Eriksen opens up to a new dimension in his oeuvre
Art review in Stavanger Aftenblad
10 March 2010
Galleri Gann, Roar Werner Eriksen
Through 21. mars 2010
Notwithstanding their carefully considered composition and clear use of colours, Eriksen’s large paintings indubitably have something improvised about them. It is as if they were wrought in a single raging attack. As if they were born of an intense battle between the painter and his canvas. In the best paintings we, the viewer, are invited to witness and participate in an explosive show of power.
In between Eriksen’s large and strong abstract paintings, we discover some unexpected small portraits, and here we see an entirely different brush at work. A faintly drawn face appears through softer lines. None of the portraits is a concrete depiction of a recognisable person, but they are nevertheless wholly capable of communicating human features. These images force the viewer into a different way of seeing.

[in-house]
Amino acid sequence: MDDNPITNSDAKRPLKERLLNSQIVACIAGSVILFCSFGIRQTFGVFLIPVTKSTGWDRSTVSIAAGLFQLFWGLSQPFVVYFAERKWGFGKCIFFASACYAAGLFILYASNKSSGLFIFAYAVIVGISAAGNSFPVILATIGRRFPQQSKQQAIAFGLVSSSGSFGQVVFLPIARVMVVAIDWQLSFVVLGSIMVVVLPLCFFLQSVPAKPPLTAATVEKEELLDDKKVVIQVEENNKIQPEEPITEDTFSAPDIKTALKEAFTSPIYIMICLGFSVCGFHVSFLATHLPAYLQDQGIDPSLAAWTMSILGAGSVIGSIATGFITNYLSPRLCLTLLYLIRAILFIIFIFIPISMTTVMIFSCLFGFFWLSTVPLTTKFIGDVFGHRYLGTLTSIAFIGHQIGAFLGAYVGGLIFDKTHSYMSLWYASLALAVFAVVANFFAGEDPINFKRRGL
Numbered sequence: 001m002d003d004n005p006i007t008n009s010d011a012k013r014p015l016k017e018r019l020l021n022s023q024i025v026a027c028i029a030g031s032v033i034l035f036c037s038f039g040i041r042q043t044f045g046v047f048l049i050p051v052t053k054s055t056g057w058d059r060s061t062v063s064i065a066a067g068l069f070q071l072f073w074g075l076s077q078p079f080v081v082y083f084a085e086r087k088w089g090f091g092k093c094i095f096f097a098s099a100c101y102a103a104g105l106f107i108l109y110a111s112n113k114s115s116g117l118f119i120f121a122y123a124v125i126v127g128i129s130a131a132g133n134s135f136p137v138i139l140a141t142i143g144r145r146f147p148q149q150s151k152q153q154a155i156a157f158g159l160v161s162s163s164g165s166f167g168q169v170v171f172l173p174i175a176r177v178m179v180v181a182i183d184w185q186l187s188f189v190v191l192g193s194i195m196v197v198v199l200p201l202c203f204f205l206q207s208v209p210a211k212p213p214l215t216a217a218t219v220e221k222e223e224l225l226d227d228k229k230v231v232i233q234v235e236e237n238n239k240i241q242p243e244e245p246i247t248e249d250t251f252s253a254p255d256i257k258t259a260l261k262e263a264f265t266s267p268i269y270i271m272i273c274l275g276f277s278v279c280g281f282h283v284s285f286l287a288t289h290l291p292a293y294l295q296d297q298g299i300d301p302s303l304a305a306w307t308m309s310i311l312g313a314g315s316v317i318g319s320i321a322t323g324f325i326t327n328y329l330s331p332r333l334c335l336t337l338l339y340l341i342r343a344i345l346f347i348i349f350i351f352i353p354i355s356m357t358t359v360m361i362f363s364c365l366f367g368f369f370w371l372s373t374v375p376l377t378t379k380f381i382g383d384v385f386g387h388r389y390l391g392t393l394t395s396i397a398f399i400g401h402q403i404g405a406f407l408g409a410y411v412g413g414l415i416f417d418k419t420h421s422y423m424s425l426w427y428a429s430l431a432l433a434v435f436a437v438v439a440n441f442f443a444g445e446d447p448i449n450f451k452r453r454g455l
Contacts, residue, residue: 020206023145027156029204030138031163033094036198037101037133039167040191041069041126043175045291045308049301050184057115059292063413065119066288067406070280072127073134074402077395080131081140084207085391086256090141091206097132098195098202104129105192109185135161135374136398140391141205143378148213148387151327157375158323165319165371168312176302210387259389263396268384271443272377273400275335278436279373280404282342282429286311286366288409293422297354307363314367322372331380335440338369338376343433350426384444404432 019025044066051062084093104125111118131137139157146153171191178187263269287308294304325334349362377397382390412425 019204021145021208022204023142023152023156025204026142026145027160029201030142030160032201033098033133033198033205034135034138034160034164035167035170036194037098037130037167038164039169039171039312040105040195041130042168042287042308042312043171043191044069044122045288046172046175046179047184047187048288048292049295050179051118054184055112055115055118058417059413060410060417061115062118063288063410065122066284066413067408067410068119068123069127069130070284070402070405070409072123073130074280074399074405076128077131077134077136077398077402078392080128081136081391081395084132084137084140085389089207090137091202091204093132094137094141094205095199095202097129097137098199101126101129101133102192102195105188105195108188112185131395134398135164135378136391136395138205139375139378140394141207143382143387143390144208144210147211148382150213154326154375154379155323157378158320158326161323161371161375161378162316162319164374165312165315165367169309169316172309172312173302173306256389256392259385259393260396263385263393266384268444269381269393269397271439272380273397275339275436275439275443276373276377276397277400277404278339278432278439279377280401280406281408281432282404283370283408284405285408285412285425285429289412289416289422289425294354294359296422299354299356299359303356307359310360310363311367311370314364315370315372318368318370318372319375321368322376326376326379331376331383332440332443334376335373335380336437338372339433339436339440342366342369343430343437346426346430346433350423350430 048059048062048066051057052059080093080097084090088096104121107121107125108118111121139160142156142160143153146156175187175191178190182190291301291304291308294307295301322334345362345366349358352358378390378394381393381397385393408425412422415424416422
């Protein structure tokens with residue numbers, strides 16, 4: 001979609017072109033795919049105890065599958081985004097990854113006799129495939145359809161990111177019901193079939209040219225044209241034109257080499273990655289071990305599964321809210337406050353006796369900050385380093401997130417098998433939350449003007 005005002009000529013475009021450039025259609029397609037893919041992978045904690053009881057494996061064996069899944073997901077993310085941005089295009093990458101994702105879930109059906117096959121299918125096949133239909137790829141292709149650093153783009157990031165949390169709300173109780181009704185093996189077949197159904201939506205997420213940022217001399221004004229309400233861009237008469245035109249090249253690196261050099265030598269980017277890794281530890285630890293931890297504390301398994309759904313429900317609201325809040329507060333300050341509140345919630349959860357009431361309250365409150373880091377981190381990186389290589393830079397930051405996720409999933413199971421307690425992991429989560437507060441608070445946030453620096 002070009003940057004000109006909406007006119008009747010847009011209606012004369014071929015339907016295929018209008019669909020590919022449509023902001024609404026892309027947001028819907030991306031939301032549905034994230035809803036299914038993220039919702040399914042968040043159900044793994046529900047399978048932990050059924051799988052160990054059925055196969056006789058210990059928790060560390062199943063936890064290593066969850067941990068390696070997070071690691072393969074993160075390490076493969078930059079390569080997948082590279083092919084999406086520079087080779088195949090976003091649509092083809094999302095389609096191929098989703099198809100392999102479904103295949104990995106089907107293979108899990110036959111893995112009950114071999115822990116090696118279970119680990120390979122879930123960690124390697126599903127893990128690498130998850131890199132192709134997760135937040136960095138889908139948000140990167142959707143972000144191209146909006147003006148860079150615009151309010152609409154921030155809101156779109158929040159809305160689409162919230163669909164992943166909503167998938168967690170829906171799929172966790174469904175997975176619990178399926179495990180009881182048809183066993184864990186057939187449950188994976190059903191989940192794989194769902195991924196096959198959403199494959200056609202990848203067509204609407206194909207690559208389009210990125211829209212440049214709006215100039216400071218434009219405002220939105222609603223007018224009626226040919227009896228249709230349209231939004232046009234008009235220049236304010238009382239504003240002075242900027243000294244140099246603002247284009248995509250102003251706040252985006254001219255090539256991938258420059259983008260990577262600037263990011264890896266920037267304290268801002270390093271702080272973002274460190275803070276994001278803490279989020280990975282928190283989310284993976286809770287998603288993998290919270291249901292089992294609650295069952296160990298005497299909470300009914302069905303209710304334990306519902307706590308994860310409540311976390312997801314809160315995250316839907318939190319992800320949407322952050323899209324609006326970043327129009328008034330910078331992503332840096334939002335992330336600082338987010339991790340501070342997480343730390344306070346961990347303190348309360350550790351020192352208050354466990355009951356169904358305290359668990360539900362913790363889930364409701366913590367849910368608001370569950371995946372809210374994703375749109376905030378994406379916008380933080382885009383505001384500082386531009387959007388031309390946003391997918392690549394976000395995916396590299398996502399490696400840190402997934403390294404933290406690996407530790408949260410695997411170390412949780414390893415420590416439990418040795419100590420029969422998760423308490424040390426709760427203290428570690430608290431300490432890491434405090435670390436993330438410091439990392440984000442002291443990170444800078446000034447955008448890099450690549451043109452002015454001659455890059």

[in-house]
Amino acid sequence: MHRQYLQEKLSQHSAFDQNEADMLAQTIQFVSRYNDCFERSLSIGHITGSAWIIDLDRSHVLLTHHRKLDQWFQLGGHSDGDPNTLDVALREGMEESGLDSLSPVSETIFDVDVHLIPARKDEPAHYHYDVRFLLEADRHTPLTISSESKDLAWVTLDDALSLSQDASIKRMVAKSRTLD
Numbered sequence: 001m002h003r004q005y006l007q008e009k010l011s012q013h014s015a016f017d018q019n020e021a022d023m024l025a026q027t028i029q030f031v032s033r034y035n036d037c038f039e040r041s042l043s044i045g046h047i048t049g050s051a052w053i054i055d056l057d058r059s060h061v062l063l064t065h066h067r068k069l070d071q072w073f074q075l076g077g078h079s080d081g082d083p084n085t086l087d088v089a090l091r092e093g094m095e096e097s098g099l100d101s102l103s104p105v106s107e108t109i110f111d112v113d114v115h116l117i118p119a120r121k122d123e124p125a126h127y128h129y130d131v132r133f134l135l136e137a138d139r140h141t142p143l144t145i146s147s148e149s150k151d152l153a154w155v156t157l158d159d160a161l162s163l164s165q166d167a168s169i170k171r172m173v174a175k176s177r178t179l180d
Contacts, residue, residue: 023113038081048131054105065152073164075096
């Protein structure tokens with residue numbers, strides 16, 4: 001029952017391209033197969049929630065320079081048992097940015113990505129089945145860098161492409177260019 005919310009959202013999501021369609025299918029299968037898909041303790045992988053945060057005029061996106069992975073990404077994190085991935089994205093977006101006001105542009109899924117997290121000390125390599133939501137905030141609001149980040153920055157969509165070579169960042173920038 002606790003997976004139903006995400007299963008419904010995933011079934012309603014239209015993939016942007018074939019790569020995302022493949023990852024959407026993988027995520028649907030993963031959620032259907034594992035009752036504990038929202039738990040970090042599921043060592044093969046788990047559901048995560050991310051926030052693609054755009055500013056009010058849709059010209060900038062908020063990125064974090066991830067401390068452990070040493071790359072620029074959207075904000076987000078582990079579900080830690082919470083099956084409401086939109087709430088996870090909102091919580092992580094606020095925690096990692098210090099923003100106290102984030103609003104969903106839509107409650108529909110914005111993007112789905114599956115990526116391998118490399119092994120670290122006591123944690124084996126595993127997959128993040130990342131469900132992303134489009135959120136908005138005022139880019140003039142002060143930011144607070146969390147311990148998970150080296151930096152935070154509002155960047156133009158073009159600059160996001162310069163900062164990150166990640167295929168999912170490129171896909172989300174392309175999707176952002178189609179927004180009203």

What surprises most about this exhibition by an artist whose oeuvre is, after all, fairly constant, and who has been a frequent exhibitor in this area in recent years, is a large aluminium installation, since he has never previously shown us sculptural objects of this kind. The sculpture is in the form of a wall, or a naked fence, of slender metal rods. These have been stacked up and intertwined like thin branches. A heap of pillows lies beneath the metal structure. At first glance, these pillows appear to be a soft contrast to the hard metal shape of the rods above, but no, this isn’t quite right. In fact, the soft pillows are lashed together with tight ropes and are really more like sandbags than inviting bedclothes. These pillow shapes lead my thoughts in the direction of attack and defence, threatening water masses and muddy war-time trenches – not of soft innocent sleep and rest. Most remarkable of all, contrasted with the heavy, tightly compressed pillows, the large metal sculpture takes on an air of lightness, the hard and the soft exchanging roles, the aluminium hovering weightlessly, the down pillows resting like heavy stones on the ground.
Even so, there are clear similarities in content between Eriksen’s many paintings and the single sculpture in the show: the installation enables him to add a new dimension to his work and suggests a new path for the future.
Translation Robert Lovering MITI